There was pageantry, there were dignitaries, and the big guns were cheered.
But enough about Thursday’s military parade in North Korea, moved to a date near the start of the Winter Olympics in the neighbouring South for absolutely no ulterior motive of any kind, according to state media.
Pyeongchang, a cosy 100 kilometres from the demilitarized zone, was forced to follow its neighbour’s celebration of missile might with the opening ceremony of the optimistically branded Peace Games, which officially got underway with a festival of brotherhood that came off as well-intended, if a bit forced.
North Korean leader Kim Jong-un’s sister, their country’s apparent designated survivor, was the most prominent member of her delegation in attendance. But the sketchy-seeming detente between North and South was really brought to life by having a member of the joint Korean women’s hockey team from each side of the border be the penultimate bearers of the Olympic flame.
Sadly, it looks like we have to wait for another day to see the North’s highly touted “army of beauties.” Their group of 280 representatives reportedly includes 229 of these cheerleaders. For context, Canada sent 225 athletes.
South Korea wants to showcase a modern, clean, efficient image, one where pristine assembly lines churn out surprisingly high-quality cars, electronics and boy bands with equal precision. In the early going, the mix of in-stadium performances with pre-shot video montages was quite effective.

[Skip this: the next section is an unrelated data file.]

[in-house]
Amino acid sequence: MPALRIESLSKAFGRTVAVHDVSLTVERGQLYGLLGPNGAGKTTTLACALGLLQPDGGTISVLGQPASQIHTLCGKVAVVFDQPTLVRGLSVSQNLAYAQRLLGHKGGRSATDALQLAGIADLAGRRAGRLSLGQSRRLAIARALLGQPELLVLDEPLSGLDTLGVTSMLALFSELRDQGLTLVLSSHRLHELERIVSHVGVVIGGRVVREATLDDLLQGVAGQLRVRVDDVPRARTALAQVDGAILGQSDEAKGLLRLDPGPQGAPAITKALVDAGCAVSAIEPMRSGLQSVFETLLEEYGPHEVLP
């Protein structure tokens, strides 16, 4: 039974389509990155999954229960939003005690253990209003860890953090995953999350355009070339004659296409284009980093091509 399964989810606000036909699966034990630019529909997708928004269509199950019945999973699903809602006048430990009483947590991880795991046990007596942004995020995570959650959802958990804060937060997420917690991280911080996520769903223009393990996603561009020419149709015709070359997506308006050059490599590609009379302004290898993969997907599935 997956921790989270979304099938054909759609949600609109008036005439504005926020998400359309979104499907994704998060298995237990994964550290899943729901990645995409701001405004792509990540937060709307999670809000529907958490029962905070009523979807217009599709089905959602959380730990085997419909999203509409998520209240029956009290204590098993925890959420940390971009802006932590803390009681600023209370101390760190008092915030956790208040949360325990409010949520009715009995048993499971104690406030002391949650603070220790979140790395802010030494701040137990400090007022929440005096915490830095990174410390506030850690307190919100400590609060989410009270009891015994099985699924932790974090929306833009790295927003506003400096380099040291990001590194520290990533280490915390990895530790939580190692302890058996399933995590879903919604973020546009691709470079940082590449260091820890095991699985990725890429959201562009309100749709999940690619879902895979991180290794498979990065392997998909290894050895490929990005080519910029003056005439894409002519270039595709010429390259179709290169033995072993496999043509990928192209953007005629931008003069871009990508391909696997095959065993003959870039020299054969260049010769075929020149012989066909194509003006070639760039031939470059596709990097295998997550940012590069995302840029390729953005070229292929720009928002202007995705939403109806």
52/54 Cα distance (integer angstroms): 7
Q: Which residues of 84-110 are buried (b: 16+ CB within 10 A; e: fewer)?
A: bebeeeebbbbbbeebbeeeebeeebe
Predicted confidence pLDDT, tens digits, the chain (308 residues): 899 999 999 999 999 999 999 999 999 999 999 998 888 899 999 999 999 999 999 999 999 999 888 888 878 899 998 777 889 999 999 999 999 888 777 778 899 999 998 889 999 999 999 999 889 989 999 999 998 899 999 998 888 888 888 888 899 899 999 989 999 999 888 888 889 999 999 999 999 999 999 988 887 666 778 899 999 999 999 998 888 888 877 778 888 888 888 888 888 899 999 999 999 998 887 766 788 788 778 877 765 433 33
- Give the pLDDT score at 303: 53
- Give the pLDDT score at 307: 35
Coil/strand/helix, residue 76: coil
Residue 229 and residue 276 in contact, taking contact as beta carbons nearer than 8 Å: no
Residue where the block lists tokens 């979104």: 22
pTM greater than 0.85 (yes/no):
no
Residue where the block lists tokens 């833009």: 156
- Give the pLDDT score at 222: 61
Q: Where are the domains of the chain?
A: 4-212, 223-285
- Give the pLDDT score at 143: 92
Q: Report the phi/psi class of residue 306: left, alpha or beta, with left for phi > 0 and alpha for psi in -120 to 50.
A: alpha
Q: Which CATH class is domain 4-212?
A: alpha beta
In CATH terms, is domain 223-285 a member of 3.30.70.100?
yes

But the Winter Games canvas is only so big. For that reason, the gold medal for opening ceremonies will always go to Beijing, site of the Summer Games in 2008. The world was on the precipice of a financial meltdown, but China spared no expense to stage a live version of a gobsmacking cinematic spectacle, with a renegade Cirque du Soleil troupe thrown in for good measure.
There were the requisite historical references, which always play better to the home crowd. Maybe Pyeongchang might have driven interest in North America by flying in Selfie Kid from the Super Bowl.
Hilariously, CBC was offering an Internet stream of the ceremony in described video, which is all anyone got on television anyway. The reading of notes telling audience members what they’re supposed to be feeling should have been banned years ago.
Ironically, the on-air hosts were quiet during the rendition of "Imagine", which should have come with guidance like “John Lennon is not describing a pastoral Christian utopia but rather a world where the absence of any religion and material goods will result in peace.” Then cut to U.S. Vice-President Mike Pence storming out of the stadium.
It seemed like Canada’s flag bearers, the ice-dancing team of Tessa Virtue and Scott Moir, didn’t get as much screen time as that dude from Tonga, but they still must have felt like they’ve been on a perpetual kiss cam all week. It’s apparent CBC loves them. On Tuesday, the network ran a special about the pair, and they joked around with Rick Mercer. I was sure a guest appearance on a very special episode of "Schitt’s Creek" was imminent.